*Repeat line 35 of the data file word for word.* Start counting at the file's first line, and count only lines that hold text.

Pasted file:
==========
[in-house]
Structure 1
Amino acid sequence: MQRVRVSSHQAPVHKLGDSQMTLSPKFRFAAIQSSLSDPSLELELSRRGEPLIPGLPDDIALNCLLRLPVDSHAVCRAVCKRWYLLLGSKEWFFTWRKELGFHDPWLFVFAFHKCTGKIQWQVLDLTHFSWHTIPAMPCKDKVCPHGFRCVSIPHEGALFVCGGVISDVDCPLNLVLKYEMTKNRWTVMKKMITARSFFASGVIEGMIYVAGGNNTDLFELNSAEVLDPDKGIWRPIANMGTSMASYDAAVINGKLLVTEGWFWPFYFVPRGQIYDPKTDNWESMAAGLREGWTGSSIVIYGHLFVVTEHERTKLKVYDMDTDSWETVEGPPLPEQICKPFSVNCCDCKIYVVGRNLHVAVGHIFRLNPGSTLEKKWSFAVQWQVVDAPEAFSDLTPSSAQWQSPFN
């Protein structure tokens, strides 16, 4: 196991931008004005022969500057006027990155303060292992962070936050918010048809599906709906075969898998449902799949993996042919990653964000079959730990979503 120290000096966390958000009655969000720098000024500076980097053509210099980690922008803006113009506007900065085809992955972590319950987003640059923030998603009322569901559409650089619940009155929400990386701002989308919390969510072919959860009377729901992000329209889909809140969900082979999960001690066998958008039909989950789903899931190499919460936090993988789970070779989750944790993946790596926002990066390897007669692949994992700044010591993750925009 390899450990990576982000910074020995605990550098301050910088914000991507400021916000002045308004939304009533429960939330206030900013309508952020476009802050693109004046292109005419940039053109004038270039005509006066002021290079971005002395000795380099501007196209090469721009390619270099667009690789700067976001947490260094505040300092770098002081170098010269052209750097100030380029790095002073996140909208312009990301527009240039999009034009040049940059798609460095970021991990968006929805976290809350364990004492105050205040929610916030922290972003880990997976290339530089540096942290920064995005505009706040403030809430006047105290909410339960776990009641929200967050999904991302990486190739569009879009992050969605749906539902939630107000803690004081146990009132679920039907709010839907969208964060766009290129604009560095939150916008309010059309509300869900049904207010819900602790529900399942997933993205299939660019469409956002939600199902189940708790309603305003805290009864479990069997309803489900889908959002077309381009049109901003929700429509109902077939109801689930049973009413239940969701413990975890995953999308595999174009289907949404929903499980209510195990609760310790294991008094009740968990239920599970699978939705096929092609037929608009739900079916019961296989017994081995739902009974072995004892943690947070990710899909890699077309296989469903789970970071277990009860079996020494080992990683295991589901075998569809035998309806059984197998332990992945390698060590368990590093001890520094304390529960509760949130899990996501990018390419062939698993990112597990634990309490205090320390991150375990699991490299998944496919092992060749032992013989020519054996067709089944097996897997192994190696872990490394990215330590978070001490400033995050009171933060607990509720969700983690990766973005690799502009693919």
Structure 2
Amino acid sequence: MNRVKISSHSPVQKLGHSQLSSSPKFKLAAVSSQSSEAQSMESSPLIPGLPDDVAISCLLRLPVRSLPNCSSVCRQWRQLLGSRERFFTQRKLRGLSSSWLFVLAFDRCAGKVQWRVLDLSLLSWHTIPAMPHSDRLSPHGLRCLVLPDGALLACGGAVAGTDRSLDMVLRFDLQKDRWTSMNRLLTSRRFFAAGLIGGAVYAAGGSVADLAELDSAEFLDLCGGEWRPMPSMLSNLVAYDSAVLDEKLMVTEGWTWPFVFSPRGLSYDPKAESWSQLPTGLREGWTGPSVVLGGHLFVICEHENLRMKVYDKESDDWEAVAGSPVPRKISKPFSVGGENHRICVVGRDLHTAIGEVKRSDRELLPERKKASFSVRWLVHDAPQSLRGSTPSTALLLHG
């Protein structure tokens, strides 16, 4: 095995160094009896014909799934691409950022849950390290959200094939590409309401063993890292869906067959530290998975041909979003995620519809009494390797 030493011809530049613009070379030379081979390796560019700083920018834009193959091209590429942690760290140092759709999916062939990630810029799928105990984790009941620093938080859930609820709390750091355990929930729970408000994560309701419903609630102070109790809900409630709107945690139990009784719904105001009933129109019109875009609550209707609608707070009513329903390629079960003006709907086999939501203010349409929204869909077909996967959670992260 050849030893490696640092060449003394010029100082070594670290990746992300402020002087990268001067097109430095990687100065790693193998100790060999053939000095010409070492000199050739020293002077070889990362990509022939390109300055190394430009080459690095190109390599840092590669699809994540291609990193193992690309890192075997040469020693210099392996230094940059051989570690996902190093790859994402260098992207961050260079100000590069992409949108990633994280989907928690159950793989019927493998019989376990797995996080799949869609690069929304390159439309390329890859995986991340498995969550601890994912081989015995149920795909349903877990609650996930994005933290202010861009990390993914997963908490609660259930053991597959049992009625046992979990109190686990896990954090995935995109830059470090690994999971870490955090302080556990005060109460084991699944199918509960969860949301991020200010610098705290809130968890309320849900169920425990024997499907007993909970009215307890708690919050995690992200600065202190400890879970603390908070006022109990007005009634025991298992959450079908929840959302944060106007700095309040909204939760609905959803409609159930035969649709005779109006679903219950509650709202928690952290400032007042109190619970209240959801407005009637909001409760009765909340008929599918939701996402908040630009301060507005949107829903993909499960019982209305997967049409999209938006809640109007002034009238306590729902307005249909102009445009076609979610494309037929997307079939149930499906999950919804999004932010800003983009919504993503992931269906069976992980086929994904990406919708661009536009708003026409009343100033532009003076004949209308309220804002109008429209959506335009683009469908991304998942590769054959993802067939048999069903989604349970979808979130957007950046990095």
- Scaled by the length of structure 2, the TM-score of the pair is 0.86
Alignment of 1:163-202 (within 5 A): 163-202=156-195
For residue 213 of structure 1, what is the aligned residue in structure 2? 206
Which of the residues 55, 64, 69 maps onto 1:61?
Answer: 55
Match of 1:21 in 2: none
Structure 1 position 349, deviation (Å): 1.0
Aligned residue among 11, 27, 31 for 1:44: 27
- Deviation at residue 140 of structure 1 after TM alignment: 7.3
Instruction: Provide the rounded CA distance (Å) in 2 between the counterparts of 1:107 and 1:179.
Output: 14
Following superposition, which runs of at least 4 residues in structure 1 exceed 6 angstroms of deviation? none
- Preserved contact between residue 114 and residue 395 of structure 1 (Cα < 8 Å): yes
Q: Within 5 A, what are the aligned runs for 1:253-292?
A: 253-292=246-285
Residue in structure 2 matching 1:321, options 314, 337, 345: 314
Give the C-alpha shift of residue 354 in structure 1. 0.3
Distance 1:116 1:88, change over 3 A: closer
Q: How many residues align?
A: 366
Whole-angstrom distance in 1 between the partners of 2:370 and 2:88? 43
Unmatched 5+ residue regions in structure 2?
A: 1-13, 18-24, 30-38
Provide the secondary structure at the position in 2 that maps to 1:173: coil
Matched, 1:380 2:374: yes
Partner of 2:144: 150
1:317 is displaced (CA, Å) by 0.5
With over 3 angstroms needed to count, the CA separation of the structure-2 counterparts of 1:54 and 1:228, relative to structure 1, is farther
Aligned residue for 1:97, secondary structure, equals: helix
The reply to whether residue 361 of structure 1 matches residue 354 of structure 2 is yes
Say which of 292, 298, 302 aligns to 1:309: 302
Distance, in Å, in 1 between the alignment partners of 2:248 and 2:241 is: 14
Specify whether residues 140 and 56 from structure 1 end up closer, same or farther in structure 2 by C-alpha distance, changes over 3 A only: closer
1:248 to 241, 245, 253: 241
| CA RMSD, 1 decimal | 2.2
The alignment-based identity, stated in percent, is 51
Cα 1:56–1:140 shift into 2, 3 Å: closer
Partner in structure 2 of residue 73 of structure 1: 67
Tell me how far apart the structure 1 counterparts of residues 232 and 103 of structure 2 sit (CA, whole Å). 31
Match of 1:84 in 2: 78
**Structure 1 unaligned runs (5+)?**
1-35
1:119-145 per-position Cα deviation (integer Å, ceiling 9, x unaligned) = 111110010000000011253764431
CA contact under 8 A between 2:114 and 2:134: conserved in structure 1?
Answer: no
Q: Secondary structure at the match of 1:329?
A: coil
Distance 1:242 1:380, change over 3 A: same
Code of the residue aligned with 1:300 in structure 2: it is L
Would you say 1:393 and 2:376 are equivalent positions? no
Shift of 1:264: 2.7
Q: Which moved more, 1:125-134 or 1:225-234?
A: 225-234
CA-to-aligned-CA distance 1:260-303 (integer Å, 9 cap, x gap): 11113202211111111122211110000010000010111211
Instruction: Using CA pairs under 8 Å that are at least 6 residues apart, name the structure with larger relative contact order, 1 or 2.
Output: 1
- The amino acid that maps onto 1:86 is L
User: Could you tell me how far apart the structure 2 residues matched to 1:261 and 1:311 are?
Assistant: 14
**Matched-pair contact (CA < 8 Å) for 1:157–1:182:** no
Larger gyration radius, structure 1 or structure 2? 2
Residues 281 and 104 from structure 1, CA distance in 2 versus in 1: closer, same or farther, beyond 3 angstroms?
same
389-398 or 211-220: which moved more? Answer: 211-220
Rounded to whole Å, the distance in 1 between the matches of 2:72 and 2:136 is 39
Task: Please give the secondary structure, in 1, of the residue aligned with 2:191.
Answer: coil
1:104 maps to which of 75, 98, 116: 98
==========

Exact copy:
With over 3 angstroms needed to count, the CA separation of the structure-2 counterparts of 1:54 and 1:228, relative to structure 1, is farther